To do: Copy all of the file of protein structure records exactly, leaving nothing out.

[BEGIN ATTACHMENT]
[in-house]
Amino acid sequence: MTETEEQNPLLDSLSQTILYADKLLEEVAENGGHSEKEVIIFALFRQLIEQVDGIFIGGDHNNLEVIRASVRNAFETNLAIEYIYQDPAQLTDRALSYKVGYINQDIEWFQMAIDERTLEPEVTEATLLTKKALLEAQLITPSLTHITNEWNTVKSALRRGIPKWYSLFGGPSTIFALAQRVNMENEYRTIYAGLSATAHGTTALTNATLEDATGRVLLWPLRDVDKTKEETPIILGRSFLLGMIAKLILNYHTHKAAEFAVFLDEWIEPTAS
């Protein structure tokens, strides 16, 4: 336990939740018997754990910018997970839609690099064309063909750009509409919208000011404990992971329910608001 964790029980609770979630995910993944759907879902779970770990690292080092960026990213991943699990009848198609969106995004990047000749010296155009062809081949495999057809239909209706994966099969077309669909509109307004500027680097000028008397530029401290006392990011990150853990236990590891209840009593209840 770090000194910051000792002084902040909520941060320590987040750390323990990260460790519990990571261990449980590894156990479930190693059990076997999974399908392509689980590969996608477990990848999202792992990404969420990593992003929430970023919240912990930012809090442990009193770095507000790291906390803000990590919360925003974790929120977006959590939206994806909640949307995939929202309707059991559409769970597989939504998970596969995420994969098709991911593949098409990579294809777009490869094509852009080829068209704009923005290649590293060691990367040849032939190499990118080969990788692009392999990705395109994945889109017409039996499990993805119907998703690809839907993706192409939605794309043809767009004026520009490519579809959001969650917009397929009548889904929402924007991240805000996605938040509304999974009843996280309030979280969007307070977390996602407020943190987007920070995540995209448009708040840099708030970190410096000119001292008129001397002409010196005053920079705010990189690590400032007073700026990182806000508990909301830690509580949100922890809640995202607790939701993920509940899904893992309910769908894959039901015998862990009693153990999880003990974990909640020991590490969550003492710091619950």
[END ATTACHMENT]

[in-house]
Amino acid sequence: MTETEEQNPLLDSLSQTILYADKLLEEVAENGGHSEKEVIIFALFRQLIEQVDGIFIGGDHNNLEVIRASVRNAFETNLAIEYIYQDPAQLTDRALSYKVGYINQDIEWFQMAIDERTLEPEVTEATLLTKKALLEAQLITPSLTHITNEWNTVKSALRRGIPKWYSLFGGPSTIFALAQRVNMENEYRTIYAGLSATAHGTTALTNATLEDATGRVLLWPLRDVDKTKEETPIILGRSFLLGMIAKLILNYHTHKAAEFAVFLDEWIEPTAS
């Protein structure tokens, strides 16, 4: 336990939740018997754990910018997970839609690099064309063909750009509409919208000011404990992971329910608001 964790029980609770979630995910993944759907879902779970770990690292080092960026990213991943699990009848198609969106995004990047000749010296155009062809081949495999057809239909209706994966099969077309669909509109307004500027680097000028008397530029401290006392990011990150853990236990590891209840009593209840 770090000194910051000792002084902040909520941060320590987040750390323990990260460790519990990571261990449980590894156990479930190693059990076997999974399908392509689980590969996608477990990848999202792992990404969420990593992003929430970023919240912990930012809090442990009193770095507000790291906390803000990590919360925003974790929120977006959590939206994806909640949307995939929202309707059991559409769970597989939504998970596969995420994969098709991911593949098409990579294809777009490869094509852009080829068209704009923005290649590293060691990367040849032939190499990118080969990788692009392999990705395109994945889109017409039996499990993805119907998703690809839907993706192409939605794309043809767009004026520009490519579809959001969650917009397929009548889904929402924007991240805000996605938040509304999974009843996280309030979280969007307070977390996602407020943190987007920070995540995209448009708040840099708030970190410096000119001292008129001397002409010196005053920079705010990189690590400032007073700026990182806000508990909301830690509580949100922890809640995202607790939701993920509940899904893992309910769908894959039901015998862990009693153990999880003990974990909640020991590490969550003492710091619950």